Ian toll: At least 94 deaths reported after storm batters Florida; 4 dead in NC


FORT MYERS, Fla. — At least 94 people in Florida have died from Hurricane Ian, according to local officials.

Four people were also reported dead from the storm in North Carolina, the governor’s office said.

Days after skies cleared and winds died down in Florida, the effects of Hurricane Ian lingered on Monday as people faced another week without power and others were rescued from homes flooded by the lingering floodwaters.

Frustrations mounted on the way the storm passed through Florida, and the remnants of the hurricane, now a northeasterly, have not finished with the United States

The mid-Atlantic and northeast coasts were receiving torrential rains. Forecasters said the storm’s onshore winds could pile even more water in an already flooded Chesapeake Bay and threatened to cause the largest tidal flooding in Virginia’s Hampton Roads area in more than a decade.

Norfolk and Virginia Beach declared states of emergency as they watched to see how bad Monday’s tides would be. Coastal flooding was possible from the Outer Banks of North Carolina to Long Island, the National Weather Service said.

Search and rescue efforts were still underway Monday in Florida. More than 1,600 people have been rescued statewide, according to the Florida Emergency Management Agency.

Fort Myers Beach Mayor Ray Murphy told NBC’s “Today Show” that evacuated residents were largely kept away from their homes due to a search likely to last a few more days.

Washed-out bridges to barrier islands, flooded roads, isolated cell phone service and a lack of water, electricity or the internet have left hundreds of thousands of people still isolated. The situation in many areas was not expected to improve for several days as rivers overflowed, leaving the falling rain with nowhere to go.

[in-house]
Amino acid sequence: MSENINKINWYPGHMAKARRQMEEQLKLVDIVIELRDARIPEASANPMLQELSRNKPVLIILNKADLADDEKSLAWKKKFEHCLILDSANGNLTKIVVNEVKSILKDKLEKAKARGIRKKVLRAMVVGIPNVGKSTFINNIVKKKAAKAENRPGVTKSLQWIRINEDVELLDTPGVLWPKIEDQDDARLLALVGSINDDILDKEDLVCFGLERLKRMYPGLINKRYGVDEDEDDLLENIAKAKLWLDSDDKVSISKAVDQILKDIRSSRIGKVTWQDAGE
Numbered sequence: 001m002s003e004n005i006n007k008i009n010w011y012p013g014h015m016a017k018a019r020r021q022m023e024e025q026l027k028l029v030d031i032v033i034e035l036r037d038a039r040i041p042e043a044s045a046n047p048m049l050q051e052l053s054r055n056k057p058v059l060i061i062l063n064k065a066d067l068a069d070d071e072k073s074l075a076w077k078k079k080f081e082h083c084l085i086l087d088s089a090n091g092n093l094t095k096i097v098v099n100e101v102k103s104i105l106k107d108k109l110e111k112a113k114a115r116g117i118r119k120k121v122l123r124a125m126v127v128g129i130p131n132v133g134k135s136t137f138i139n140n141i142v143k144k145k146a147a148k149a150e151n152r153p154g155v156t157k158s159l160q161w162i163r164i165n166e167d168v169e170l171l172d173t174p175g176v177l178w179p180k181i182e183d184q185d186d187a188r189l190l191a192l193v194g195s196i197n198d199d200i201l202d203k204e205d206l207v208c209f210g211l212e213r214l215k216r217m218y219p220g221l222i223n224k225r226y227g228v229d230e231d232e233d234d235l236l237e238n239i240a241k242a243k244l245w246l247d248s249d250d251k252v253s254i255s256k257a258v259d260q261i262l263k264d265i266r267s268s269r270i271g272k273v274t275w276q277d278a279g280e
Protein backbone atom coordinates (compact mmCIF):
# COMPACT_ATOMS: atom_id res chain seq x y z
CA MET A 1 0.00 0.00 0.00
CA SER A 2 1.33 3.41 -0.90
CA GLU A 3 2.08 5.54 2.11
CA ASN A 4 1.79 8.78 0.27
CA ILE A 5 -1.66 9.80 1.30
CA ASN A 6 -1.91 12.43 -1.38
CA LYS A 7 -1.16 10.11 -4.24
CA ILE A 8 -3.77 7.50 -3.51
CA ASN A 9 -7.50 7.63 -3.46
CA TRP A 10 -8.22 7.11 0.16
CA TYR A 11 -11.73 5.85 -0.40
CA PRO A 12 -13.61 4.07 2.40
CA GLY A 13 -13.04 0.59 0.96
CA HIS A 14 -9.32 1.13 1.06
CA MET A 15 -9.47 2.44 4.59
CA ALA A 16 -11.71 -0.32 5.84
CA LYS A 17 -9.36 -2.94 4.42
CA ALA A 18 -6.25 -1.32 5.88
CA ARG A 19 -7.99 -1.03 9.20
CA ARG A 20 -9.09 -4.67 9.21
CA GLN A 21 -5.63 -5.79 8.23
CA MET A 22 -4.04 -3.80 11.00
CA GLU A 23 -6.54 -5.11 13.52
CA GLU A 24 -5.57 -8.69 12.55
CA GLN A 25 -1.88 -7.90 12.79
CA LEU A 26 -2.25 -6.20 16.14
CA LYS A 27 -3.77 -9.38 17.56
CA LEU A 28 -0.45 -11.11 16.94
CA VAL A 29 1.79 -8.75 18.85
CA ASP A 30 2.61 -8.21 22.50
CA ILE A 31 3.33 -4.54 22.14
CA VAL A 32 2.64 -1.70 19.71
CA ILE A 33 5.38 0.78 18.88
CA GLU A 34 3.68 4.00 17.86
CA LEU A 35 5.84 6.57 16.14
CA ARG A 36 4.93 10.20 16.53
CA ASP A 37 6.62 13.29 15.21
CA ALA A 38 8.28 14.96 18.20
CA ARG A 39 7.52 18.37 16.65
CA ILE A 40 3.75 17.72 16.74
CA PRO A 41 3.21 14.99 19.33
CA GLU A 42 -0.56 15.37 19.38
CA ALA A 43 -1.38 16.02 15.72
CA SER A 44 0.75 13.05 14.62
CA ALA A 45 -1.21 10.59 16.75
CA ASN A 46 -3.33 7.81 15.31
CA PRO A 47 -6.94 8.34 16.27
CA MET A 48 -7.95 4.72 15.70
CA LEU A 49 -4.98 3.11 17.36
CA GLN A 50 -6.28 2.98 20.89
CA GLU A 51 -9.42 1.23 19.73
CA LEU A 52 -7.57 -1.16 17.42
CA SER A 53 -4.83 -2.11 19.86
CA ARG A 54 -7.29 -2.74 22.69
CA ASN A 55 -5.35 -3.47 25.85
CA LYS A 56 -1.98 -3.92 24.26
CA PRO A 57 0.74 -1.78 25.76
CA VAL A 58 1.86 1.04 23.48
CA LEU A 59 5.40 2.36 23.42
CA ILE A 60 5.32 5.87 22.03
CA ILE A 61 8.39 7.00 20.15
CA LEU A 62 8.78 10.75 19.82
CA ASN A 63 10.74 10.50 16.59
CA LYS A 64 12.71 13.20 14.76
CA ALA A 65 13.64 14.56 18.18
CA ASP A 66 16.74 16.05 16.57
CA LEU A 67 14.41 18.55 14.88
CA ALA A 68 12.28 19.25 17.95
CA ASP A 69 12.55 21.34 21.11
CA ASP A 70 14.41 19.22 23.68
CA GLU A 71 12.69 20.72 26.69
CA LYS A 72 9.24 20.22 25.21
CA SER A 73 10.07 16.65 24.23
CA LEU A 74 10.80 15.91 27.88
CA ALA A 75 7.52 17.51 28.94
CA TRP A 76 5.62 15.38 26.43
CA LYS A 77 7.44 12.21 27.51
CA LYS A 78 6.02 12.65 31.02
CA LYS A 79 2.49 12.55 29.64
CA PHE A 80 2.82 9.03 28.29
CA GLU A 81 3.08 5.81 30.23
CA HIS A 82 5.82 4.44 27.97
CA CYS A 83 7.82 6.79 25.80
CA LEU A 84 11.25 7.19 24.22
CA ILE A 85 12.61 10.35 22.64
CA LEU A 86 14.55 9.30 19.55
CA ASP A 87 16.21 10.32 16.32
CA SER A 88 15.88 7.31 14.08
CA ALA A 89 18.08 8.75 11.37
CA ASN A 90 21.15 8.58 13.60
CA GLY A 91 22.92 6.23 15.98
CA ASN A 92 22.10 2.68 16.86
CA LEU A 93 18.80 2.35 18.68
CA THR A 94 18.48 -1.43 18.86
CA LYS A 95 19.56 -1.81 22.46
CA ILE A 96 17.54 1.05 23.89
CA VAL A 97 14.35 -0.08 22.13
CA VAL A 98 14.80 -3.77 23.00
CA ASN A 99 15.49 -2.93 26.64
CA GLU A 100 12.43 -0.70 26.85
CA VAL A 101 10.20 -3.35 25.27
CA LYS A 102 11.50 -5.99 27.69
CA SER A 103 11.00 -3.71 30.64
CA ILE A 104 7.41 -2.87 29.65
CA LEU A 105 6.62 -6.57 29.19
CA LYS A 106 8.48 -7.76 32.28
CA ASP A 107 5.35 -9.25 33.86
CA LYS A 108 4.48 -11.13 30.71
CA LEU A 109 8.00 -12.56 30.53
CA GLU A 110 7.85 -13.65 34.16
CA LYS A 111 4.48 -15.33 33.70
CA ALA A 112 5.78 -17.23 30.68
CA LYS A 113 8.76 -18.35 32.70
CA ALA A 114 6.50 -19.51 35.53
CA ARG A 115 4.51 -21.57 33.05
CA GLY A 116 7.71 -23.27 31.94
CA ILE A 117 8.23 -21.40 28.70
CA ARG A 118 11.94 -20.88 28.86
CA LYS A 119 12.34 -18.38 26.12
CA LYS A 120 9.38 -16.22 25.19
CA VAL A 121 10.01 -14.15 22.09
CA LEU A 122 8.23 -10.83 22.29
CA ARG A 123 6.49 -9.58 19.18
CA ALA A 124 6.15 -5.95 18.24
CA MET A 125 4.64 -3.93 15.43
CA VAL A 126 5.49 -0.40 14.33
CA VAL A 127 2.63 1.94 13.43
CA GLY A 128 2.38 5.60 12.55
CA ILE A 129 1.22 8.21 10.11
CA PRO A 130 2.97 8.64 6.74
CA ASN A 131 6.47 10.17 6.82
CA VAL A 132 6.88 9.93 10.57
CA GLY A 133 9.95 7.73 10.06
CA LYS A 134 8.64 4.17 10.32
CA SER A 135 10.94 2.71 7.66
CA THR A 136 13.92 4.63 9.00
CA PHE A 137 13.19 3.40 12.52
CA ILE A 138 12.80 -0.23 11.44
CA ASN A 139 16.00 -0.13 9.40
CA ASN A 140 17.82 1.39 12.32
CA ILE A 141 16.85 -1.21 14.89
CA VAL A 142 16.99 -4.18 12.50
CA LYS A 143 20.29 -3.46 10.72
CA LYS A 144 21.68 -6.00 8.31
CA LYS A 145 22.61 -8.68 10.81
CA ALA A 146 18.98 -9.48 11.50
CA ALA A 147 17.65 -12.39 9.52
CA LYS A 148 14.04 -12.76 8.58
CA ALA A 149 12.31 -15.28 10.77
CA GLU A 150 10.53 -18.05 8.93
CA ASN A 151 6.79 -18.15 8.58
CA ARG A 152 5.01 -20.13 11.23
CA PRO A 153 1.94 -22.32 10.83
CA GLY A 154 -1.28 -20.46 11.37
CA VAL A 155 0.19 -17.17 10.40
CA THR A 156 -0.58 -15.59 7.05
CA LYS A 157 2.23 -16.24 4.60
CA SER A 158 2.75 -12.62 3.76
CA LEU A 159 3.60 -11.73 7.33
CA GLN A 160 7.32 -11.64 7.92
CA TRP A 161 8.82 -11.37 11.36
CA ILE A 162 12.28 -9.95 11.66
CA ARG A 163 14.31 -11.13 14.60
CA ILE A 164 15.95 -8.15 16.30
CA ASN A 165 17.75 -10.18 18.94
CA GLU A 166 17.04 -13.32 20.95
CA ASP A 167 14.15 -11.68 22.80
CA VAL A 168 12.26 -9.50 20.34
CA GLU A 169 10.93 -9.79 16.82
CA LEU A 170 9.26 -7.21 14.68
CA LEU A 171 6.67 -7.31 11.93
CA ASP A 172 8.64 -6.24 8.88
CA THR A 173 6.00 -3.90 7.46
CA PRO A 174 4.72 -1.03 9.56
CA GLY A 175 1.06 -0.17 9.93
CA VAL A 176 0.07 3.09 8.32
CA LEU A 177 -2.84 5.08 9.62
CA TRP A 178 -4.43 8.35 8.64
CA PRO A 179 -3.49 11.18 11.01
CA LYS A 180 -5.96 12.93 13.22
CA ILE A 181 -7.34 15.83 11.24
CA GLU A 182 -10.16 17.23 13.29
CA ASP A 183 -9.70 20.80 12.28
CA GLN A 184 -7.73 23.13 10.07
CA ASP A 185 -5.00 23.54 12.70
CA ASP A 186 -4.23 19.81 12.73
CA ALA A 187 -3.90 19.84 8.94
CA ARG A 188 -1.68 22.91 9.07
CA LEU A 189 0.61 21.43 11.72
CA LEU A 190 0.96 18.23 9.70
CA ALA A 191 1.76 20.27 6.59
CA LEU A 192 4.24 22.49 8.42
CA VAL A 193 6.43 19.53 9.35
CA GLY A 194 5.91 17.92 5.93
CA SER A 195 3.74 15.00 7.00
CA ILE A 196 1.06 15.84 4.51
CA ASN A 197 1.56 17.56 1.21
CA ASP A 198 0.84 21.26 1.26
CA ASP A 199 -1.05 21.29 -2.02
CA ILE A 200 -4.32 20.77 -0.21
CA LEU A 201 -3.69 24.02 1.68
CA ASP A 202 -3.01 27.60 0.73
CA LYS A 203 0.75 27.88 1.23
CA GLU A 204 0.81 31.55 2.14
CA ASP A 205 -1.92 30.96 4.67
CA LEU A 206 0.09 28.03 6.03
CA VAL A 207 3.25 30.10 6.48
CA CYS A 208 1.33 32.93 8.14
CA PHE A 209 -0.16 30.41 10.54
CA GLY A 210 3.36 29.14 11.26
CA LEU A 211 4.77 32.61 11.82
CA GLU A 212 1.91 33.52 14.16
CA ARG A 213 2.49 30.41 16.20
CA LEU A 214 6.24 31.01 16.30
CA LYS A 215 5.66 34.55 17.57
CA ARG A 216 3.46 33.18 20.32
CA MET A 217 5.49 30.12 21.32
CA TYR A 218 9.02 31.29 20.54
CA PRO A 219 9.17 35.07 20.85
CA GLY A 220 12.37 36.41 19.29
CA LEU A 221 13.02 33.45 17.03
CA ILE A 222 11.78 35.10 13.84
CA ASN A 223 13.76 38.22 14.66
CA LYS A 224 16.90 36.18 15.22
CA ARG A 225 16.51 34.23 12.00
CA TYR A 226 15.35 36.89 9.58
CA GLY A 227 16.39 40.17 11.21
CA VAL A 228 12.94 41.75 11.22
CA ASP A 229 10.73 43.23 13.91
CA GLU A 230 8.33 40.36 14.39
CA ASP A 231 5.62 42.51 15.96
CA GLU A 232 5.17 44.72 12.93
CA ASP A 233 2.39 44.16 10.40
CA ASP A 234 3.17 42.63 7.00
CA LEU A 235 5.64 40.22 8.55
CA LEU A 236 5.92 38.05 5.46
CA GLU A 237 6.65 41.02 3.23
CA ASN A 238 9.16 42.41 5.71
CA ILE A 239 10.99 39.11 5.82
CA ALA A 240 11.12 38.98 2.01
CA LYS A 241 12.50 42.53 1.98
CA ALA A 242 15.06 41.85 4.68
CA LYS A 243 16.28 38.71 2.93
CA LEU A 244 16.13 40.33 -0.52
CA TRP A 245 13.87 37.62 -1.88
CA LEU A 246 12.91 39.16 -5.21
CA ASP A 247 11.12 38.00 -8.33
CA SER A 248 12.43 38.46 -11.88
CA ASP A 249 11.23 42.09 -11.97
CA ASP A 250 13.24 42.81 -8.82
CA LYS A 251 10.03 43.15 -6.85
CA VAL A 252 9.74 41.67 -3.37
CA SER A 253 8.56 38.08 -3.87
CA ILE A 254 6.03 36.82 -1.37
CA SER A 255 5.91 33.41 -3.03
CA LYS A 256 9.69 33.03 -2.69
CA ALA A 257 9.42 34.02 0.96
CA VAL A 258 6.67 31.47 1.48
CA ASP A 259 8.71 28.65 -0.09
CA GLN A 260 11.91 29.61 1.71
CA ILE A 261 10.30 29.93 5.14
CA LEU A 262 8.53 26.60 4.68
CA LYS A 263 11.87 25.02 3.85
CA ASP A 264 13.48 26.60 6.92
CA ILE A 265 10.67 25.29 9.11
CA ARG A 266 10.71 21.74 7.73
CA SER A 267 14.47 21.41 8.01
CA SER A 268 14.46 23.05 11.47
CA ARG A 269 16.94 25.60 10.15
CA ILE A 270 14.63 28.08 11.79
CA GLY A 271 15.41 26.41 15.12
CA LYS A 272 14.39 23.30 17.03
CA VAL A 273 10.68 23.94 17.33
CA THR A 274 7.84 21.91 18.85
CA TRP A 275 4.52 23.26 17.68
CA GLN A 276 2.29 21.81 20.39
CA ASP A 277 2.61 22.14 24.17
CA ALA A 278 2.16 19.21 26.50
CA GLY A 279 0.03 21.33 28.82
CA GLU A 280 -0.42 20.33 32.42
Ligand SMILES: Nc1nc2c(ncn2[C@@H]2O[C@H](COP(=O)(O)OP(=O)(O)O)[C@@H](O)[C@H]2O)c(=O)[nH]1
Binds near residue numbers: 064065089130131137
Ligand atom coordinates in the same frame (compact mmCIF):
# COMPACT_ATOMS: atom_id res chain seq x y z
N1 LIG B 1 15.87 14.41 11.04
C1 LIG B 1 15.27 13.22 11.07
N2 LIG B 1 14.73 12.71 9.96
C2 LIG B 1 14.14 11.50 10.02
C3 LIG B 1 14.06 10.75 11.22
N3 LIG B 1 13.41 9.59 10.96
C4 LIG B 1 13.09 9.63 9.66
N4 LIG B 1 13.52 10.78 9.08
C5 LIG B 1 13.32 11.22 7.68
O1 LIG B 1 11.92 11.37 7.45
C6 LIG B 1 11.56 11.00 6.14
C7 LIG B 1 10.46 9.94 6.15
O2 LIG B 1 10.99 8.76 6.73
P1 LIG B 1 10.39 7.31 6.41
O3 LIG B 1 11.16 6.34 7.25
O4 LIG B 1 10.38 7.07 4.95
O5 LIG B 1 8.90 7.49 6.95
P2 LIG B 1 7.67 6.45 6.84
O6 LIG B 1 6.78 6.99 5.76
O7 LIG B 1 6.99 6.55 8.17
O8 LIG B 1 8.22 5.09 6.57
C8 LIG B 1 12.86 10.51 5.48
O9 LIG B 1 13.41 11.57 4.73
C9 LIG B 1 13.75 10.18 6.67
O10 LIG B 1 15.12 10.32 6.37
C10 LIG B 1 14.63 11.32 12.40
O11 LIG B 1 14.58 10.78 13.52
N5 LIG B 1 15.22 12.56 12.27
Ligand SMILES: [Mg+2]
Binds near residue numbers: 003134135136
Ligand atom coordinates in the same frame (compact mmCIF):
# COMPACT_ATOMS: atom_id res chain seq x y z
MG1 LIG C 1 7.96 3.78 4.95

In DeSoto County, northeast of Fort Myers, the Peace River and its tributaries have reached record levels.

Many residents of the rural county of about 37,000 could only be reached by boat. According to the Nassau County Sheriff’s Office, which was participating in the effort, the roads that remained above the water were blocked.

“At this time we are working on setting up teams to help find stranded residents and we are sending ATVs to help get rid of debris on the roads that were impossible to navigate,” the deputies wrote in a post on Facebook.

In rural Seminole County, north of Orlando, residents donned waders, boots and insect repellent to paddle to their flooded homes on Sunday.

Ben Bertat found 4 inches of water in his home near Lake Harney after kayaking there.

“I think it’s going to get worse because all that water has to get to the lake,” Bertat said, pointing to water flooding a nearby road. “With the ground saturated, this whole swamp is full and it just can’t take any more water. It doesn’t look like it’s going down.”

About 600,000 homes and businesses in Florida were still without power Monday morning, down from a peak of 2.6 million. But it’s still about the same number of customers in all of Rhode Island.

The current goal is to restore power by Sunday to customers whose power lines and other electrical infrastructure are still intact, Florida Emergency Management Division Director Kevin Guthrie said Monday. It does not include houses or areas where infrastructure needs to be rebuilt.

President Joe Biden and First Lady Jill Biden plan to visit the state on Wednesday.

In Virginia, the US Navy has postponed the first-ever deployment of the USS Gerald R. Ford, the nation’s most advanced aircraft carrier, according to a statement from the Navy’s 2nd Fleet. The carrier and other US ships were scheduled to leave Norfolk on Monday for training exercises in the Atlantic Ocean with ships from other NATO nations.

Coastguard, municipal and private crews have used helicopters, boats and even jet skis to evacuate people over the past few days.

After moving through Florida, Ian made landfall in the United States in South Carolina as a much weaker hurricane. Officials said on Monday crews were finishing removing sand from coastal roads and nearly all power had been restored.

Associated Press reporters Rebecca Santana in Fort Myers; Brendan Farrington and Anthony Izaguirre in Tallahassee; David Fischer in Miami; Jeffrey Collins in Columbia, South Carolina; Sarah Rankin in Richmond, Va.; Sarah Brumfield in Silver Spring, Maryland; and Richard Lardner in Washington contributed to this report.

ABC News contributed to this report.

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